10 Most Badass Snakes

Seems everyone these days is doing a ten-most-something series, so rather than doing the cliche ten-most-venomous, I thought it would be fun to do something totally and completely subjective. I give you, the 10 Most Badass Snakes in the world:


1) Giant Spitting Cobra (Naja ashei)– I think cobras in general take the cake for the most Badass snakes, especially the big ones—King  Cobras are certainly awesome—but if I’m going to crown the most badass cobra, not only does it have to be big, it has to spit. Naja ashei has what it takes. These guys grow up to at least 9ft long and are capable of delivering over 6 ml of liquid venom—three times the venom yield of an Eastern Diamondback Rattlesnake. Read more about it here:
Giant Spitting Cobra Journal Article

Giant Spitting Cobra

2) False Water Cobra (Hydrodynastes gigas)—Awesome, powerful colubrid snakes reaching over 7 feet in length with a killer looking black eye mask. These guys are rear fanged and can hood up like a cobra. Now I am a huge fan of big colubrids, and there are some other really cool ones too. But having seen several big colubrids up close, the impressive girth and bitchin’ looking face of a big Falsie takes the cake for me.  Here is just a small one eating Nigel Marvin’s hand, ouch!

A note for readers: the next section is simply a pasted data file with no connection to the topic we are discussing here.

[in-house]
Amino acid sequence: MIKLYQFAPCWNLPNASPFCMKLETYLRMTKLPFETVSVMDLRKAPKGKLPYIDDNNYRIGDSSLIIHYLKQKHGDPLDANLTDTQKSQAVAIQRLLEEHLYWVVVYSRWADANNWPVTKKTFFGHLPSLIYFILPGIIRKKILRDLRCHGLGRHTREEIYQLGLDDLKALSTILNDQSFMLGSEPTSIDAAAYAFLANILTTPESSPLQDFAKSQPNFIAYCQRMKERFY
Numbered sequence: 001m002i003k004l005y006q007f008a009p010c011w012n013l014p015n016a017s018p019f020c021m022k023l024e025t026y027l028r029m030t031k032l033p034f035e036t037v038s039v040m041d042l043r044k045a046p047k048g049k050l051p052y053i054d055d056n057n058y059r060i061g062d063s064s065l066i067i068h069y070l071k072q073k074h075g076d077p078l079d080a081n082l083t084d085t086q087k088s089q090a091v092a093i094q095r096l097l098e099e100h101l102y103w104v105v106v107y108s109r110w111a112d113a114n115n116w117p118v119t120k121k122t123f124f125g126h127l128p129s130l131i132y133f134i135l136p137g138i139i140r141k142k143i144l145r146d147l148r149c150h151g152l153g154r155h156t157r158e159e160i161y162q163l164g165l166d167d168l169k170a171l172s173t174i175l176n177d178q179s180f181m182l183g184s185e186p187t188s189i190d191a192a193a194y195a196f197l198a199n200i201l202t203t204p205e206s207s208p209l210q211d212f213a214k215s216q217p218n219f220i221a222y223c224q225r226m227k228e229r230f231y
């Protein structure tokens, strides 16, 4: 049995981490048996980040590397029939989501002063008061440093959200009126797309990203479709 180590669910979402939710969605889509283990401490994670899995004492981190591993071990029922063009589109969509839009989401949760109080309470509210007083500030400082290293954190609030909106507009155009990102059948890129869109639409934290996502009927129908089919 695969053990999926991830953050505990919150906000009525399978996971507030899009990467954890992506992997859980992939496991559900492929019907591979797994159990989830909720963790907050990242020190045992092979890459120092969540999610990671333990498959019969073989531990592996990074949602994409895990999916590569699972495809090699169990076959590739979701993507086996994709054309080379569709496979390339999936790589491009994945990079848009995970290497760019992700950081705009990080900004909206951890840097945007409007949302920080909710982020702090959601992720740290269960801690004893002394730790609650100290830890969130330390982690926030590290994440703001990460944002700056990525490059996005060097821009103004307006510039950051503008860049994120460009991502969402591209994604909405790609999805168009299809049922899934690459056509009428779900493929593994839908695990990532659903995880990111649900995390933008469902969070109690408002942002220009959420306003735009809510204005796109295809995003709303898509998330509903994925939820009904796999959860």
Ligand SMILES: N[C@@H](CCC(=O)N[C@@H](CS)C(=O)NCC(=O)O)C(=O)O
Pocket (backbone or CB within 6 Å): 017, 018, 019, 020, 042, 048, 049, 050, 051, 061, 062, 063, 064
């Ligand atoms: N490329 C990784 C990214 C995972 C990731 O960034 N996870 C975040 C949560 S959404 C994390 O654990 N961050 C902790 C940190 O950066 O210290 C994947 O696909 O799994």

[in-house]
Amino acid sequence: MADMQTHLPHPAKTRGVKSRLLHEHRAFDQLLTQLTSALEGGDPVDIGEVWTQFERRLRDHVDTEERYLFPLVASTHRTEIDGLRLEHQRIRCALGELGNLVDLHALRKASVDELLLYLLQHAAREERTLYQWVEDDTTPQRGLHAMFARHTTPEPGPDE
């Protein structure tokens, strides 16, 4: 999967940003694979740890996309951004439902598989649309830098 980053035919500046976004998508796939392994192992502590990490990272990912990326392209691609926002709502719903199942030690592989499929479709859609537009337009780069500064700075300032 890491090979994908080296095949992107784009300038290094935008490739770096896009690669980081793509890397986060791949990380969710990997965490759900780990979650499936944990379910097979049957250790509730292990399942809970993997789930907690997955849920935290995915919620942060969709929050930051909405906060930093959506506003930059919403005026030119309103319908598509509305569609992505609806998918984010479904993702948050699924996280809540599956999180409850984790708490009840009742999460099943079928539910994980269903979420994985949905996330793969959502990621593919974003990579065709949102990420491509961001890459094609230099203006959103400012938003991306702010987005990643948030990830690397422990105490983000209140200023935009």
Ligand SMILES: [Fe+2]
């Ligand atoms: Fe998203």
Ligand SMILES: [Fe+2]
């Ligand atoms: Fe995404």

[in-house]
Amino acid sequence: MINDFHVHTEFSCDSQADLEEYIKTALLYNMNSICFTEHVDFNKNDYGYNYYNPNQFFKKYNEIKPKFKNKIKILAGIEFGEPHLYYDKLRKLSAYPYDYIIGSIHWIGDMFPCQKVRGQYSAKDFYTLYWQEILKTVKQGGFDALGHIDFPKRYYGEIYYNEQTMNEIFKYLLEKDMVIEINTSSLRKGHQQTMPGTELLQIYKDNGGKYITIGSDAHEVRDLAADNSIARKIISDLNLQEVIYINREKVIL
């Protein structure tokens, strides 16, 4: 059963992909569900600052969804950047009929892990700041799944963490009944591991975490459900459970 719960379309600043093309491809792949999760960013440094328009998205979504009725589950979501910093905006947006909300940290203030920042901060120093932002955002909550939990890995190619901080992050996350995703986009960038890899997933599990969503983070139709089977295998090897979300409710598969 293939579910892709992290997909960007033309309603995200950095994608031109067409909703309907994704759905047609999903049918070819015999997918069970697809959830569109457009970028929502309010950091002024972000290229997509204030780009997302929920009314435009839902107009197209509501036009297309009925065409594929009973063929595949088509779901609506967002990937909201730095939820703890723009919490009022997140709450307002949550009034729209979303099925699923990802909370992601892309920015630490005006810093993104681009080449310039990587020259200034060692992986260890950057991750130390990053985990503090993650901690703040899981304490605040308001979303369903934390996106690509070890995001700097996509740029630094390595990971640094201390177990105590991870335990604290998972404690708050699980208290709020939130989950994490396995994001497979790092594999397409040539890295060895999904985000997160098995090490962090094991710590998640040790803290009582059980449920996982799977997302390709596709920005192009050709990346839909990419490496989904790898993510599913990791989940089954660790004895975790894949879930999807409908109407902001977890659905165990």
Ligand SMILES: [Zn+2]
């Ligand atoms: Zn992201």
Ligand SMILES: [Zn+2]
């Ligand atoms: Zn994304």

Jaguar Adventure Clip

Fasle Water Cobra


3) Xenodermus javanicus – Although some call this the Tubercle Snake, I think the common name Dragon Snake is much more badass.  Dragon Snakes have three rows of oddly enlarged scales making them wildly different from any other species of snake. They were once placed in the catch-all colubrid family, but recent phylogenetic studies show them to be very different from most colubrids (duhhh). Some authorities now place them in their own family, Xenodermatidae. Follow this link to the SA Reptiles forum to see a photo:
South Africa Reptile Forum


4) Pseudocerastes urarachnoides—This bizarre viper was first collected in 1968, but not really known to science until it was named in 2006, shortly after the discovery of a second specimen. The scales of the tail are drastically elongated to the point where they resemble the legs of a centipede. It is likely that it uses its tail to lure unsuspecting animals (probably birds) within striking range. You can see a video of one using its tail here:
Youtube Video of tail lure
or you can read more about it here:
Species Description Journal Article


5) Bushmaster (Lachesis muta)—Even though it shares its name with an assault rifle company, it doesn’t need that to be badass. This snake, also called the Matabuey—which means “ox killer”—is the largest venomous snake in America. These unique animals have been branded as extremely difficult to reproduce in captivity. They are also rarely encountered in the wild, and unlike almost all other American pitvipers, this species lays eggs. Here is a link to a Bushmaster skull. Imagine the set of sabers on a 12 foot specimen—and yes, they do get that big.
Bushmaster Skull

bushmaster lachesis muta